The Sopranos: The Complete Third Season review, The Sopranos: Season Three DVD review
James Gandolfini, Edie Falco, Lorraine Bracco, Michael Imperioli, Dominic Chianese, Steven Van Zandt, Jamie-Lynn Sigler, Robert Isler, Tony Sircio
The Sopranos:
The Complete Third Season

Reviewed by Jason Zingale



fter two immensely successful seasons filled with unending awards and high praise from critics, “The Sopranos” is back for a third run at some of the same old stuff with a dash of flavor. Creator David Chase stirs things up by adding a new nemesis who’s more sadistic than any other you’ve ever seen.

The accidental death of Richie Aprile (David Proval) and the murder of the two-faced Big Pussy (Vincent Pastore) have shaken the world of the Jersey mob family. The Feds are hot on Tony’s (James Gandolfini) trail and successfully wire his home in a fresh episode dedicated completely to the good side of the law. The death of Tony’s mom (Nancy Marchand) sets the stage for a number of elderly deaths, causing Junior (Dominic Chianese) to question his own health, only to later be diagnosed with cancer. Meanwhile, Janice (Aida Turturro) travels back and forth between Seattle and Jersey, only making appearances when significant events happen in the Soprano’s household.

The biggest change to the series comes when Ralphie (Joe Pantoliano) moves into town looking for a nod from Tony to replace the empty Capo position left by Richie’s disappearance. Now dating Jackie Aprile’s ex-wife Ro, Ralphie is a loose cannon who becomes a big problem for Tony, who’s desperately trying to lay low while under federal investigation. Jackie Jr. (Jason Cerbone) is given a much larger role in the third season as he dives into the life of crime while dating Tony’s daughter Meadow (Jamie-Lynn Sigler), who still is attending college in New York, learning the twists and turns of the real world. AJ (Robert Isler) continues to follow in the steps of his father as he constantly gets into trouble at school.

The addition of Pantoliano to the “Sopranos” cast is by far the best move they could have made. Pantoliano brilliantly meshes his loyal obedience with a short temper, producing an off-the-wall character who outshines any of the show’s prior villains, yet he still comes off as one of the most likeable characters in the series. Jason Cerbone’s expanded role also was a fine decision, but I still really wanted to see more of Furio (Federico Castelluccio) this time around. There also are significantly more stand-out episodes in this season, particularly “Pine Barrens,” which was directed by Steve Buscemi and features Christopher (Michael Imperioli) and Paulie (Tony Sirico) in a hilarious trek through the woods, showcasing the series’ two best characters in what basically is their own episode.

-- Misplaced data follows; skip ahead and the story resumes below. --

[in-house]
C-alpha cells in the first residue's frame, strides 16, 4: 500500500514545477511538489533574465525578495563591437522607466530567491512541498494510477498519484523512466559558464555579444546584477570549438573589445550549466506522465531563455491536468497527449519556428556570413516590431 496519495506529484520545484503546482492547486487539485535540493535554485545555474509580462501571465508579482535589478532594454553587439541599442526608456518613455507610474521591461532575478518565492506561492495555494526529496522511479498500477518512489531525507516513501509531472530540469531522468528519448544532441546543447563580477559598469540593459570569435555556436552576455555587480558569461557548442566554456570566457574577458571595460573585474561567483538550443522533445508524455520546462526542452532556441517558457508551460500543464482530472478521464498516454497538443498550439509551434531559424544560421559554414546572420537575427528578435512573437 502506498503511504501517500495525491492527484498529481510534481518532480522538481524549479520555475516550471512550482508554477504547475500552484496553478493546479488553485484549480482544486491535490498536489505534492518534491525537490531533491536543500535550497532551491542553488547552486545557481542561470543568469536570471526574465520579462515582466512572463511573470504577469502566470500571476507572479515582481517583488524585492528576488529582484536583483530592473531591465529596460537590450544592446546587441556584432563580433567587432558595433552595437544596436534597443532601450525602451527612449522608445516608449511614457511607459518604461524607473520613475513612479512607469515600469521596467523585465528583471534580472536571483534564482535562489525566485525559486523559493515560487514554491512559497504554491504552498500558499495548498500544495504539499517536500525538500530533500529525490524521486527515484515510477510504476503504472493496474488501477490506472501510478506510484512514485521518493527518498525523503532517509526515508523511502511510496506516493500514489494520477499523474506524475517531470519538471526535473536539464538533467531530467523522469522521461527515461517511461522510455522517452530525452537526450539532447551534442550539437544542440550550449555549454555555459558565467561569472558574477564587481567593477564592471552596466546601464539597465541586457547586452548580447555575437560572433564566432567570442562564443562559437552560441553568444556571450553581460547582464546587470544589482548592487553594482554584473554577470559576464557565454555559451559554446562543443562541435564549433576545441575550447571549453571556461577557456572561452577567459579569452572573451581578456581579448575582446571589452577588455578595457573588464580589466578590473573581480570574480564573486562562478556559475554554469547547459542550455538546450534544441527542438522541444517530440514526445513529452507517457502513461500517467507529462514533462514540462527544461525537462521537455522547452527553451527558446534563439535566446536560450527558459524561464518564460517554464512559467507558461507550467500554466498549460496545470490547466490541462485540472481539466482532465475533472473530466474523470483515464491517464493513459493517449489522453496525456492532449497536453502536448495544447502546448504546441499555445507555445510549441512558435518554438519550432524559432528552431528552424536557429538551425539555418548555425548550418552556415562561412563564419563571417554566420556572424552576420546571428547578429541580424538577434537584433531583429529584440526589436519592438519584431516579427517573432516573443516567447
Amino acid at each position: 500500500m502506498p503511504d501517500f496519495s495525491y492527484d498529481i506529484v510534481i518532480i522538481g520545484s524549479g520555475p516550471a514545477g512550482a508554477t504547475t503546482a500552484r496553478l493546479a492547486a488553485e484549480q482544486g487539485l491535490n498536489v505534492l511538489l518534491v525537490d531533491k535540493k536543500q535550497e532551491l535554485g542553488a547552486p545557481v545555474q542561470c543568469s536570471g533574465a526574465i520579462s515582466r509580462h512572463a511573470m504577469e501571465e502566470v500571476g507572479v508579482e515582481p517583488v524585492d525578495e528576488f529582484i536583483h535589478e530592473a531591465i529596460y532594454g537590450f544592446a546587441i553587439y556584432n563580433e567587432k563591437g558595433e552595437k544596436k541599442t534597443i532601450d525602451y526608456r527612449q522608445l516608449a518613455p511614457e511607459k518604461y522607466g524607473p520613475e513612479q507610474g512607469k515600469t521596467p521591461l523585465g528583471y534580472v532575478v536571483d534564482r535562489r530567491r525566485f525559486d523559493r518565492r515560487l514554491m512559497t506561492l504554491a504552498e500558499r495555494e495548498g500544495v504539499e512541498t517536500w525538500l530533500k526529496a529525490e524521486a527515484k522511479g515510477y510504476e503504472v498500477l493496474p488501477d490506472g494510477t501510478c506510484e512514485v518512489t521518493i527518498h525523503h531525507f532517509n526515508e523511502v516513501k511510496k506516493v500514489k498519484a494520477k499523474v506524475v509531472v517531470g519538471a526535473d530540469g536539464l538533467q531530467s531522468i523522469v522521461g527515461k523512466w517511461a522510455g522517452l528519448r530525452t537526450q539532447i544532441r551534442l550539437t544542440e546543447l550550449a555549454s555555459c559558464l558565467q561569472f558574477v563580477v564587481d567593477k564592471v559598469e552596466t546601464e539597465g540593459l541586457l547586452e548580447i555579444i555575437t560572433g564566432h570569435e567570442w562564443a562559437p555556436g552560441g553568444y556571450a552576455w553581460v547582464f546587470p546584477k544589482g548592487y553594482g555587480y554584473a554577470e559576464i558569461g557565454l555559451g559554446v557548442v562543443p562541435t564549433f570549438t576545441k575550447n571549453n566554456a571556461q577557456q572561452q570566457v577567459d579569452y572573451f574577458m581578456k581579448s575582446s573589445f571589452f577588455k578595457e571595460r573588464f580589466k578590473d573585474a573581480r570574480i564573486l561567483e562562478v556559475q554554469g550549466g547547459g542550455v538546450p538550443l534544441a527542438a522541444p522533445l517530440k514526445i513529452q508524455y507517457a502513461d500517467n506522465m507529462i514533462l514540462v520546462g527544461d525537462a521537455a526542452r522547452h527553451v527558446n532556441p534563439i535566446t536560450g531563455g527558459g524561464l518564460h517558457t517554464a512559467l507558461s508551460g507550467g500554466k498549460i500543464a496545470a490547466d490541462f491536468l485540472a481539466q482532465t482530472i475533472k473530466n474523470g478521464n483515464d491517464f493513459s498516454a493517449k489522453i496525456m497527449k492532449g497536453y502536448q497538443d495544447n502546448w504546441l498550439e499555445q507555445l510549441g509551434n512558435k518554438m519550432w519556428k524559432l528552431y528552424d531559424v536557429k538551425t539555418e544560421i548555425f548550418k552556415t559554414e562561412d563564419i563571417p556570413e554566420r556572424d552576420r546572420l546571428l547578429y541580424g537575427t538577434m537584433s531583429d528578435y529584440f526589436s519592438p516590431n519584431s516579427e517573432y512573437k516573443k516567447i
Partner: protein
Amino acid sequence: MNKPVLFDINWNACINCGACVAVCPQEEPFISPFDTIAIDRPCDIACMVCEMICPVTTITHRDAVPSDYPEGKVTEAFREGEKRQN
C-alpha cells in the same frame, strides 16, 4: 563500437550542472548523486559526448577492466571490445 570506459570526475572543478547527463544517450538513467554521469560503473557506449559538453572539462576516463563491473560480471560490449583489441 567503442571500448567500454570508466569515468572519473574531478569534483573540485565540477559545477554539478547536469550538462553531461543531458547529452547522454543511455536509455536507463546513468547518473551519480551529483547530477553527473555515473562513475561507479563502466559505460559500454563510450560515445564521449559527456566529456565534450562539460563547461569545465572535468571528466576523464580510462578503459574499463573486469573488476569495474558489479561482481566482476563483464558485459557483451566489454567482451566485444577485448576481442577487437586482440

The DVD releases for the “Sopranos” series still haven’t changed much, sticking with what’s worked for the past two years. Presented in the series’ token cigar box, the show is featured on a four-disc set with four episodes on the first disc and three each on the following discs, along with some typically mediocre special features that appear on disc four. The video and audio transfers won’t impress you any more than they have in the past, although both appear to be somewhat improved. The video is presented in 1.78:1 anamorphic widescreen and is fairly solid except for a few grainy spots here and there. The audio contains the same Dolby Digital 5.1 track as the past discs, but still manages to do a good enough job for its viewers.

Don’t look for an abundance of special features on the season-three DVD set of “The Sopranos,” but expect quality over quantity with only one featurette and three audio commentaries. Disc four contains the disappointingly short behind-the-scenes “making of” feature that shows some nice production-related aspects of the show, but barely gets started before it’s over. The set also boasts the customary filmographies, awards list and a series index with an option to view previews for each show.

Where the special features really shine is the three audio commentary tracks that appear on discs three and four: episode nine (disc three) with writer/actor Michael Imperioli, and episodes 11 and 12 (disc four) with guest director Steve Buscemi and series creator David Chase. As usual, Chase’s commentary on the 12th episode epitomizes boredom, but the other two deliver their own unique perspectives on the series. Imperioli in particular is a great addition to the commentary because of his role as a writer and especially as an actor on the show. He adds exclusive background information on various cast members, a true treat for the avid fan wanting to know more about the habitual events that happen away from the cameras. Buscemi’s commentary is a dream track for fans of his work as well as the episode “Pine Barrens.” His input is a joy to listen to, adding spice to the bland selection of commentaries that have been included the past three years.

“The Sopranos: The Complete Third Season” is the best season yet. With a storyline that continues to build more tension each and every year, this series continues to excite, surprise and entertain. The genuine writing is smart and witty, developing every character to its fullest. A great cast is made even better with the inclusion of Pantoliano and the continued development of several other pivotal characters, cementing the show’s position in HBO’s all-star line-up. While season three is just as expensive as its predecessors, this one might just be worth the full retail price.

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